Tony Gleeson, Synapse Research & Consulting
Alex Dalley, Ministry of Agriculture Fisheries and Forestry, Dili, East Timor
prepared for the 2006 Australian State of the Environment Committee, 2006
Pressures on the land resource in the ILZ come principally from human settlements and agriculture. Pressures from human settlement are comprehensively explored in (Newton 2006).
Pressures on the land resource from agriculture relate primarily to the magnitude of agricultural production and to the nature of agricultural production practices, both mediated to some extent by climatic conditions.
Since European settlement, farmers have transformed much of the Australian rural landscape for agricultural production. Farmers now occupy virtually all of the ILZ, the focus for this commentary.
There has been a sustained and substantial growth in agricultural production over the past 40 to 50 years, notwithstanding large between-year fluctuations that are principally due to variable weather conditions. For instance, the Productivity Commission (2005) calculated the growth in agricultural output to have averaged 2.4 per cent between 1963–64 and 2003–04 and Gleeson and Piper (2002) reported an increase in the volume of agricultural production of about 100 per cent between 1981 and 2001.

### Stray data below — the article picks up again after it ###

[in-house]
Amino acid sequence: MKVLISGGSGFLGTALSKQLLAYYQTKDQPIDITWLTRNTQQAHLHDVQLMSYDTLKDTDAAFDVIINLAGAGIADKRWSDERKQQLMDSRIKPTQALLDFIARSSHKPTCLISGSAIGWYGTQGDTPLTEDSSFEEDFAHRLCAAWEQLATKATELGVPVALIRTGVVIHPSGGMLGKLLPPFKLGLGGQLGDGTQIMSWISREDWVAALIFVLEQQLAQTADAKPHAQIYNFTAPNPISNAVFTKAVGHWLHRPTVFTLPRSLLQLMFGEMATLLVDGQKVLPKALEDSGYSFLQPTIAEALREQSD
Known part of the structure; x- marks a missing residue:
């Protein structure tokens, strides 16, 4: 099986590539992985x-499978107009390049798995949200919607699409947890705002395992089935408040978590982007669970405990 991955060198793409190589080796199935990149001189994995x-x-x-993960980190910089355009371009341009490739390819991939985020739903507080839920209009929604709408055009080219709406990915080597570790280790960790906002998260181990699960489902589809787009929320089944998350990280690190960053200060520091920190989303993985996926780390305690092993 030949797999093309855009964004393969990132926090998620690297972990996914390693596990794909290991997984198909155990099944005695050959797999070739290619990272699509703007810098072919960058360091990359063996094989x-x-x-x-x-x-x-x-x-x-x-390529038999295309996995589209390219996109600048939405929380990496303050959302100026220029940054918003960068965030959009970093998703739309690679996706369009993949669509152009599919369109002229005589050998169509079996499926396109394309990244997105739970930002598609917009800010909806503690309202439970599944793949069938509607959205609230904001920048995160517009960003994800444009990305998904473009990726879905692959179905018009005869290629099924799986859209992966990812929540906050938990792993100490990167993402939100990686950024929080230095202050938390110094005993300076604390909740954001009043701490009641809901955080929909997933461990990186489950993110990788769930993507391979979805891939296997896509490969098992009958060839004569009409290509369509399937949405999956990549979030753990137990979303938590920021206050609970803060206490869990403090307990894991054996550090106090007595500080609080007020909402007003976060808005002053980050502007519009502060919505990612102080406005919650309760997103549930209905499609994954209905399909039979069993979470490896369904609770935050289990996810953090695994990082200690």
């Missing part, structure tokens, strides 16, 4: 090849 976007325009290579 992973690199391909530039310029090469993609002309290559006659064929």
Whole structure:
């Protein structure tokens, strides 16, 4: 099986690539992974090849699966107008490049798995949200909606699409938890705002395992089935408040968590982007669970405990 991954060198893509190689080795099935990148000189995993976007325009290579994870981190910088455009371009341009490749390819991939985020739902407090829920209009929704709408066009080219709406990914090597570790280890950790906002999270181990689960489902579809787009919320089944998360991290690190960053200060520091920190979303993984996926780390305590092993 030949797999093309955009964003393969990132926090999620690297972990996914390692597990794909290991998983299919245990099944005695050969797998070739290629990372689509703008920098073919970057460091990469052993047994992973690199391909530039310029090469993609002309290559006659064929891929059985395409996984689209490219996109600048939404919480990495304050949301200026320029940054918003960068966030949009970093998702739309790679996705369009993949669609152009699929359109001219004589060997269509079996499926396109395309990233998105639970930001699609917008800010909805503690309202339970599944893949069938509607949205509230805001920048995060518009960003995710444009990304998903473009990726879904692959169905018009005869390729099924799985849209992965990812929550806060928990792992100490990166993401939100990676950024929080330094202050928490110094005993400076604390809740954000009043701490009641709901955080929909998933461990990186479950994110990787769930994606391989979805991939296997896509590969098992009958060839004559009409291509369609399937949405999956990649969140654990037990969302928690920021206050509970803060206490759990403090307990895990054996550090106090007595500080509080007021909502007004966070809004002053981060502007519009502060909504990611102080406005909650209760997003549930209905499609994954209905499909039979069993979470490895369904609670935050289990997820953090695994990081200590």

These increases in agricultural production have occurred notwithstanding the proportion of the Australian landmass used for agriculture remaining reasonably constant at about 60 per cent. Farmers also utilise about 70 per cent of all water allocated for irrigation, domestic, recreational and industrial use and much of this water has been made available only over the past four to five decades (Synapse Research & Consulting and Bob Hudson Consulting 2005).
These factors and others combine to increase the pressure from agriculture on the land resource, pressures ameliorated to some extent by crop and livestock genetic improvement and by improved management practices, in particular the widespread use of no and minimum tillage and improved livestock grazing strategies.